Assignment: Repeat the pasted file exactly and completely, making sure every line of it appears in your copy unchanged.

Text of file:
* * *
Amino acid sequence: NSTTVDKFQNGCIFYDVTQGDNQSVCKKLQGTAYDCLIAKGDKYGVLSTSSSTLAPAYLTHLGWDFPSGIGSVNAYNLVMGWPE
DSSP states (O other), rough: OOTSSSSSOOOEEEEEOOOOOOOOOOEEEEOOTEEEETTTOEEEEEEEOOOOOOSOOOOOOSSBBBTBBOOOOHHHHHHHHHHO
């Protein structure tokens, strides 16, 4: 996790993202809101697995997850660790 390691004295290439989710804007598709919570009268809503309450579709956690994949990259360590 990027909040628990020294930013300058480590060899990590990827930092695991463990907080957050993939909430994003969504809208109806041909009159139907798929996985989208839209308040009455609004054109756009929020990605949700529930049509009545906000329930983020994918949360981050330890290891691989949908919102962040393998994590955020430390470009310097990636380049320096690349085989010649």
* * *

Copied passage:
Amino acid sequence: NSTTVDKFQNGCIFYDVTQGDNQSVCKKLQGTAYDCLIAKGDKYGVLSTSSSTLAPAYLTHLGWDFPSGIGSVNAYNLVMGWPE
DSSP states (O other), rough: OOTSSSSSOOOEEEEEOOOOOOOOOOEEEEOOTEEEETTTOEEEEEEEOOOOOOSOOOOOOSSBBBTBBOOOOHHHHHHHHHHO
């Protein structure tokens, strides 16, 4: 996790993202809101697995997850660790 390691004295290439989710804007598709919570009268809503309450579709956690994949990259360590 990027909040628990020294930013300058480590060899990590990827930092695991463990907080957050993939909430994003969504809208109806041909009159139907798929996985989208839209308040009455609004054109756009929020990605949700529930049509009545906000329930983020994918949360981050330890290891691989949908919102962040393998994590955020430390470009310097990636380049320096690349085989010649």